This low-mess creative science experiment uses permanent markers and rubbing alcohol to make colorful designs that mimic tie-dye.
- Colorful permanent markers (ex. Sharpies)
- Cotton items to decorate (ex. t-shirts, socks, dish towels, or shoelaces)
- Rubbing alcohol (also known as isopropyl alcohol) *Read warning labels. Parental supervision is required for this project since rubbing alcohol is poisonous if swallowed. Do this experiment outdoors or in a well-ventilated area. Do not expose your artwork to heat until it is completely dry, since rubbing alcohol and its fumes are flammable.
- Rubber bands
- An eye dropper or small syringe
- Containers (ex. plastic cups or glass jars)
What to Do
Step 1: Help your child stretch cotton item chosen to decorate, over the mouth of a jar or cup and secure it with a rubber band or two.
Step 2: Let your child use permanent markers to make several dime-sized dots of different colors on the stretched cotton.
Step 3: Fill an eyedropper or syringe with rubbing alcohol, and help your young artist drip rubbing alcohol onto the spots of color until the alcohol starts to soak outward, carrying the ink with it.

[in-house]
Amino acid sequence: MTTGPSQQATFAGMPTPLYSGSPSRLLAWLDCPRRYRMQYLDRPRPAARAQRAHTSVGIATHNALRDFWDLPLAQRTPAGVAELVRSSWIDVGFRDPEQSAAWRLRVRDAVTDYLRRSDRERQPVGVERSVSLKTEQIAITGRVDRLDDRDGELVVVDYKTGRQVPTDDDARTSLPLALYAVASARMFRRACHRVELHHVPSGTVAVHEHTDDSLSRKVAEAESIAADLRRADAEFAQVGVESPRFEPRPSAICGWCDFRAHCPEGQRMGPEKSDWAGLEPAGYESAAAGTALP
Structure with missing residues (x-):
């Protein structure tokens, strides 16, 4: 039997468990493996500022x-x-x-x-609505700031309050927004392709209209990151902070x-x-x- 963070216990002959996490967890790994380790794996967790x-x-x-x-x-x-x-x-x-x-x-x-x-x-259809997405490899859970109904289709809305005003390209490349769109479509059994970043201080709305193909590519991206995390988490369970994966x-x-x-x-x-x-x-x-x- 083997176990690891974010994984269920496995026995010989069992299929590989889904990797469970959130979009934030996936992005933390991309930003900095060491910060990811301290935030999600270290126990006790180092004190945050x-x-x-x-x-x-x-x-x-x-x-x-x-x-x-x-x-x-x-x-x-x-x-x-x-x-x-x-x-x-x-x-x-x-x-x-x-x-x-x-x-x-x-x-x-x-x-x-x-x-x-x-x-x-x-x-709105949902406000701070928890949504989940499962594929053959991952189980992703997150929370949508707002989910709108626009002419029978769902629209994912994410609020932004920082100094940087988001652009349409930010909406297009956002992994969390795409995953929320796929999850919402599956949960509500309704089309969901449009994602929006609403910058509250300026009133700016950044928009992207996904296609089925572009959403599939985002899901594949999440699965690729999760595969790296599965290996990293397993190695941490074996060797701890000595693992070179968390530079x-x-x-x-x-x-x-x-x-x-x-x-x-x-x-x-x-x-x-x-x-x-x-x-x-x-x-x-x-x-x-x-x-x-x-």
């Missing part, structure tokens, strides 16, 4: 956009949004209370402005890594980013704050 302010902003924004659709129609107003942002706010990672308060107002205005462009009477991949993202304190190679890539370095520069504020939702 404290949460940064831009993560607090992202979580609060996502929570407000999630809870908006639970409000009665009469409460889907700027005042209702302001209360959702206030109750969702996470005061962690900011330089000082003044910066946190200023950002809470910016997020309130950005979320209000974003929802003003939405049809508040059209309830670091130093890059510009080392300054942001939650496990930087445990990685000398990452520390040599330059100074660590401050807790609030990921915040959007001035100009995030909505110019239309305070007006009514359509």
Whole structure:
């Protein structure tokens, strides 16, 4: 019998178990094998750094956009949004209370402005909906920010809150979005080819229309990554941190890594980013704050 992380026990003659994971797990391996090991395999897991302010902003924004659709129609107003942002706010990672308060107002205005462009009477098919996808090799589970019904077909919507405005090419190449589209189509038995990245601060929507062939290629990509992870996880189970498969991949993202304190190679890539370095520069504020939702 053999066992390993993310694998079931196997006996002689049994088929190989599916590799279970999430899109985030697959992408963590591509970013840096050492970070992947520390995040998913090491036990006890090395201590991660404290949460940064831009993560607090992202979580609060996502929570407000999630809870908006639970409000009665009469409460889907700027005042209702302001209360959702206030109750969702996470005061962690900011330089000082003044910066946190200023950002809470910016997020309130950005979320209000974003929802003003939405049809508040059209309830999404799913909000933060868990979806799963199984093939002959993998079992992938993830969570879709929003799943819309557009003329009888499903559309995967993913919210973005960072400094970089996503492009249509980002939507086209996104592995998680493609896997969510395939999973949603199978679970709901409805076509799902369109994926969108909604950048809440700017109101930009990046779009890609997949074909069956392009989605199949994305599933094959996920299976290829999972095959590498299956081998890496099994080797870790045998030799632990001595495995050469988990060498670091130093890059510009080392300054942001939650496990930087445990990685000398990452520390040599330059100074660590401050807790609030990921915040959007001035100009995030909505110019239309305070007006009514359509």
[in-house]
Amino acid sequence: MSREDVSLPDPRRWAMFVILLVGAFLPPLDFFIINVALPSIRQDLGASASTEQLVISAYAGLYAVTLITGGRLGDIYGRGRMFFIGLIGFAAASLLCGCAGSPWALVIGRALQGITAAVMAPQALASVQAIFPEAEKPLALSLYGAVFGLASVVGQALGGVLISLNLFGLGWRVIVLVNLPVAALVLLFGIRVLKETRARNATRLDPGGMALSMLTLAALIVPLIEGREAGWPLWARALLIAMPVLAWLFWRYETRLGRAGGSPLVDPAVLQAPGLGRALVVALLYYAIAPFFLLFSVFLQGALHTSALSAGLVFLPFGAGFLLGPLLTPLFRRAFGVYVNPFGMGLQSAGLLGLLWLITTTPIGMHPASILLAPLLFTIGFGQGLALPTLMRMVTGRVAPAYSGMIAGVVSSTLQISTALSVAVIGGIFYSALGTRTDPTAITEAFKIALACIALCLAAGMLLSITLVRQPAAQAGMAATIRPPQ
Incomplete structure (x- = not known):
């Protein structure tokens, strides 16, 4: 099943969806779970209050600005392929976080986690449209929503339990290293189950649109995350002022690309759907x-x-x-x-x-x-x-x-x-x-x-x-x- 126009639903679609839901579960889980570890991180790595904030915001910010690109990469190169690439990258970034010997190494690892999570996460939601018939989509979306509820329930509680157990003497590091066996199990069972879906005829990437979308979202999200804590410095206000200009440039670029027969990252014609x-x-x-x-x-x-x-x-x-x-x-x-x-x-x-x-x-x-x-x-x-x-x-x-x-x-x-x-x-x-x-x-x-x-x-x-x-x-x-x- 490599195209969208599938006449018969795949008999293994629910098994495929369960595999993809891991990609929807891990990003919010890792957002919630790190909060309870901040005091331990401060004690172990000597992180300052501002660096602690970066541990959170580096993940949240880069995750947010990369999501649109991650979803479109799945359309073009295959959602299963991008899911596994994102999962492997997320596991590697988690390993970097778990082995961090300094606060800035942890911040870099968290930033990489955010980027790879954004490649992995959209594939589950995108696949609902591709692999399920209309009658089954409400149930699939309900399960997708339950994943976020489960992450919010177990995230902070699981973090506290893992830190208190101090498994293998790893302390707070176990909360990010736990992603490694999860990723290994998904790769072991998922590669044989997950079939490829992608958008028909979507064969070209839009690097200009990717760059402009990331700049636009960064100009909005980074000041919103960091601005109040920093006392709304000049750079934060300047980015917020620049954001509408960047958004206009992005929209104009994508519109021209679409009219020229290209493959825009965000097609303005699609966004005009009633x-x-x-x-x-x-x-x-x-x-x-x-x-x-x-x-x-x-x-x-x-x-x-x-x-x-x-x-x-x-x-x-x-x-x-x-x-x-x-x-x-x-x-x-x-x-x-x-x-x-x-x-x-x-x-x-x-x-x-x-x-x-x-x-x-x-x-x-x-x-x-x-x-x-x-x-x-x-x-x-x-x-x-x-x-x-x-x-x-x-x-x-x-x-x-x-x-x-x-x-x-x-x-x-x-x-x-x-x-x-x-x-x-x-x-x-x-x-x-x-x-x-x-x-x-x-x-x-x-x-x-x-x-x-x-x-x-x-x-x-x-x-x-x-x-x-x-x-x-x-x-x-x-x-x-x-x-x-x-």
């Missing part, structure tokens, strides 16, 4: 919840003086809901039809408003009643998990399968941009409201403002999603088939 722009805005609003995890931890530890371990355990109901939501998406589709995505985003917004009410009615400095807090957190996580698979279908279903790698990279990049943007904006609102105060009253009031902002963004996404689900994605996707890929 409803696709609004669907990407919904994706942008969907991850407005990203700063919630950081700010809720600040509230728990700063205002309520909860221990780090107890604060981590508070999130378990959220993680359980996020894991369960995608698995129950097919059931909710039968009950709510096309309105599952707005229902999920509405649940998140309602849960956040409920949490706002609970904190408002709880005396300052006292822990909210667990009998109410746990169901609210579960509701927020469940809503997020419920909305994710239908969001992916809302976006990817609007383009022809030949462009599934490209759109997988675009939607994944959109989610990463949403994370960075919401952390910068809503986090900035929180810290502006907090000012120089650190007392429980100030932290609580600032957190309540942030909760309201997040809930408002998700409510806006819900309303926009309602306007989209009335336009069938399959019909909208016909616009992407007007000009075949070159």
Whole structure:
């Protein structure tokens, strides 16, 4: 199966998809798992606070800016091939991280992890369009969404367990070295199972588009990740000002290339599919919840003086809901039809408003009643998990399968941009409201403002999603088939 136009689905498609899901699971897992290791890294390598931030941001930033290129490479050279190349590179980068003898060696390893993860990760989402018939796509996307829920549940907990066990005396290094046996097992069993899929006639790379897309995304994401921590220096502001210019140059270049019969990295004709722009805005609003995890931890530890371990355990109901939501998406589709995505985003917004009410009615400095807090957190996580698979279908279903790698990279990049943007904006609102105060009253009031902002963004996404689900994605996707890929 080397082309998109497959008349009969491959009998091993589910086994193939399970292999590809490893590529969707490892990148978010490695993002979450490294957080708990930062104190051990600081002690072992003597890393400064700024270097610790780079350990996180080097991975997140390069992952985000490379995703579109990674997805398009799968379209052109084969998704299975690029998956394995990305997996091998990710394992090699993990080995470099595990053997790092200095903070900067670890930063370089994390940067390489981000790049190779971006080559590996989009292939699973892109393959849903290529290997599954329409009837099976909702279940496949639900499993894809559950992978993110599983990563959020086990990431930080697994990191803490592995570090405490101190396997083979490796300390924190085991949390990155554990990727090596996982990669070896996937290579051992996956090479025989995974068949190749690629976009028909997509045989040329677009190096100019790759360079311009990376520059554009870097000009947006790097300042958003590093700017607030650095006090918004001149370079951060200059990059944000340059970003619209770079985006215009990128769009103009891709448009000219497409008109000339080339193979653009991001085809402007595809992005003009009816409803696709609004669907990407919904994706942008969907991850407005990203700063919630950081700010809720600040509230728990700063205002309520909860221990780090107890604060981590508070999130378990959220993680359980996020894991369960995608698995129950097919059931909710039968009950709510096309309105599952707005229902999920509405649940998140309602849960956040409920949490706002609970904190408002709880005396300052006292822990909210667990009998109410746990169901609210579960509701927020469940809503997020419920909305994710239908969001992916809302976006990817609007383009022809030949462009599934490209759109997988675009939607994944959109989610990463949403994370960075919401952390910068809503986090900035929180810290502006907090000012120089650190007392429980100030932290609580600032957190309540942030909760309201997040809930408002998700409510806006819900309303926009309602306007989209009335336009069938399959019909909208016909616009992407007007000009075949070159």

Step 4: Repeat on different areas of the cotton item your child is decorating, until the design is complete.
Step 5: Allow the dyed cotton item to dry overnight. When completely dry, hang it in the sun, or put it in the dryer for 15 minutes to set the color. Wash separately from other clothes, to prevent staining!
Enrichment: What happens if you draw lines, concentric circles, or different shapes on your designs? Can you layer colors and watch them separate? What if you add rubbing alcohol next to the color, instead of directly on it? How many drops of alcohol do you have to add to a dime-sized color spot before it starts to expand?
The Science Behind the Fun
Permanent marker ink doesn’t dissolve in water, but special chemicals called solvents can break it down.
Rubbing alcohol is one of these solvents. In this project, when you drip alcohol on the cloth, it dissolves the colorful ink and carries it through the fabric. Some ink colors move faster than others, so inks that contain more than one color separate out into multiple hues.
The alcohol eventually evaporates into the air, leaving the ink designs behind in the fabric.
Note: This experiment was created by Bob Becker, a chemistry teacher at Kirkwood High School in Kirkwood, Missouri.
Featured Photos Credit: Liz Heinecke